Presentation on theme: "Simple, Compound, and Complex Sentences"— Presentation transcript:
1 Simple, Compound, and Complex Sentences Week 5 // March 24 – 28, 2014
2 BUT FIRST: Your essays! Perceive Hot debate Beginning sentences with “and”Organization and support
3 What should be fixed here? First of all, it’s a waste of money. I quite disagree with that people think wearing uniforms is a kind of savings because students do not need to spend extra money to buy their daily clothing. However, the fact is quite a bit different. Pursuing beauty is everyone’s nature. When students are bound by uniforms they would like to find out some other ways to make up for it. So they will buy clothes as soon as they have a chance. While they don’t have much chance to wear clothes they bought except when out of school. So for individuals, it is a kind of waste of money; for society, it is a kind of a waste of resources.
4 Does this belong in a persuasive essay? Why or why not? The development of science and technology also can bring disasters, therefore, our brilliant ancestors invented seat belts. As early as 1885, they are pervasively used in carriages in order to prevent passengers from falling down from the carriage. In 1902s, a car race was held in NY, a racing driver used some straps to tie himself on the car to avoid hurting by high speed. Since seat belts came into being, the length of the seat belts for up to 10 million kilometers and used into more than 1 billion cars. It is the most important that seat belts saved countless lives in 40 years, proved the importance of seat belts.
5 Examples of simple sentences – A simple sentence consists of an independent clause, so it contains a subject and a verb.It does NOT contain either a dependent clause or another simple sentence.Examples of simple sentences –short simple sentence: The dog barked.long simple sentence: Leaning first this way and then that, the large tan dog with a wide black collar barked loudly at the full moon last night from under the lilac bush in the shadow of the north side of the house.
6 Simple Sentences The simple sentence may have a compound subject: The dog and the cat howled.It may have a compound verb:The dog howled and barked.It may have a compound subject and a compound verb:The dog and the cat howled and yowled, respectively.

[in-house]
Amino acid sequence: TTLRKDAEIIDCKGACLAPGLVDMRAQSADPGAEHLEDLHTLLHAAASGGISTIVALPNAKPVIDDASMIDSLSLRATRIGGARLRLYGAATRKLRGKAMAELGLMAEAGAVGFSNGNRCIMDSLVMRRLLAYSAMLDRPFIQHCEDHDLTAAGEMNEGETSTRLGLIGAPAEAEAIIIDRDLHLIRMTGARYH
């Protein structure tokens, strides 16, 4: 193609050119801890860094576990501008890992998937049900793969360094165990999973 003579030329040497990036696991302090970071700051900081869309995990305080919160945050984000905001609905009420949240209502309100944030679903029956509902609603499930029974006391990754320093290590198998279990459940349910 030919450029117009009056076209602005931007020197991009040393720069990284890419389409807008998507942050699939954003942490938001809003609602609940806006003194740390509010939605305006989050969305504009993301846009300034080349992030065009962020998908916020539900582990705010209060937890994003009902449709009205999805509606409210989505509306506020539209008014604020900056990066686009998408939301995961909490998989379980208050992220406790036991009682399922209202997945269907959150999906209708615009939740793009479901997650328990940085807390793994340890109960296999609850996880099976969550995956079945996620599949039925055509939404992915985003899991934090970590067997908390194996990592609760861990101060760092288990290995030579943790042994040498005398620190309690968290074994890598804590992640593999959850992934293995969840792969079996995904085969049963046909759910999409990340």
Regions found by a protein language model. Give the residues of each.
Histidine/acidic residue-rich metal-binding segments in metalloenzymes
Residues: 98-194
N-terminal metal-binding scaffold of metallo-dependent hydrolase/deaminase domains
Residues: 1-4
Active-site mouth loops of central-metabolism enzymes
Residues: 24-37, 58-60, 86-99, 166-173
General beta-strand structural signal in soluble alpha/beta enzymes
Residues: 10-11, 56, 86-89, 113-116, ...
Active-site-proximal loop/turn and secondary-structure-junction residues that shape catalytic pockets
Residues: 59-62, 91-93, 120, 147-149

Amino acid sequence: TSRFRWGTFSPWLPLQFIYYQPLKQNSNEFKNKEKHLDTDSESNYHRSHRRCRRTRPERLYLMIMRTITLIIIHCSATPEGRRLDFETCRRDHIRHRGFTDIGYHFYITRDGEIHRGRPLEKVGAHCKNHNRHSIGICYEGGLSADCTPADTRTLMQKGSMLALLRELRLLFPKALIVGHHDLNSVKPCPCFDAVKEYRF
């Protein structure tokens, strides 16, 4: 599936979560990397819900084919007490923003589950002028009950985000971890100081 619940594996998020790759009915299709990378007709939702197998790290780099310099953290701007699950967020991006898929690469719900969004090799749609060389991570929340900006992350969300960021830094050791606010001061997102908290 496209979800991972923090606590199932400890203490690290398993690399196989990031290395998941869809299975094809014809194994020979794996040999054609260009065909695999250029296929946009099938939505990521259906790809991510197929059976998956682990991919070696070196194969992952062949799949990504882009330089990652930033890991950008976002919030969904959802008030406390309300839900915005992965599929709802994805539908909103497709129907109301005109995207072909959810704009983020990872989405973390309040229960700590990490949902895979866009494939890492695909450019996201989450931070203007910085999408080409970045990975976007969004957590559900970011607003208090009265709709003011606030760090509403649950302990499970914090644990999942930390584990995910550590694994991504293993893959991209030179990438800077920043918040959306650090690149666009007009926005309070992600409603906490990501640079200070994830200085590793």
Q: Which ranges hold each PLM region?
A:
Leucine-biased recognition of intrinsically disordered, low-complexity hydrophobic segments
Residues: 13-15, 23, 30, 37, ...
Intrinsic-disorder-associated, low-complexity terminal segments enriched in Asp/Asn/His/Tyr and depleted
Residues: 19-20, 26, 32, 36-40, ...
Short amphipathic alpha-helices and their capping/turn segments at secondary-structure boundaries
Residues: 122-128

7 Simple SentencesWhich one contains a compound subject? A compound verb?Some students like to study in the mornings.Juan and Arturo play football every afternoon.Alicia goes to the library and studies every day.
8 Further Simple Examples Examples of simple sentences include the following:Joe waited for the train. "Joe" = subject, "waited" = verb The train was late. "The train" = subject, "was" = verb Mary and Samantha took the bus. "Mary and Samantha" = compound subject, "took" = verb I looked for Mary and Samantha at the bus station. "I" = subject, "looked" = verb Mary and Samantha arrived at the bus station before noon and left on the bus before I arrived. "Mary and Samantha" = compound subject, "arrived" and "left" = compound verb
9 A Note on Simple Sentences The use of compound subjects, compound verbs, prepositional phrases (such as "at the bus station"), and other elements help lengthen simple sentences, but simple sentences often are short. The use of too many simple sentences can make writing "choppy" and can prevent the writing from flowing smoothly. A simple sentence can also be referred to as an independent clause. It is referred to as "independent" because, while it might be part of a compound or complex sentence, it can also stand by itself as a complete sentence.
12 Compound SentencesA compound sentence consists of two or more simple sentences joined bya comma followed by a coordinating conjunction (and, but, or, nor, for, yet, so):The dog barked, and the cat yowled.a semicolon:The dog barked; the cat yowled.a comma, but ONLY when the simple sentences are being treated as items in a series:The dog barked, the cat yowled, and the rabbit chewed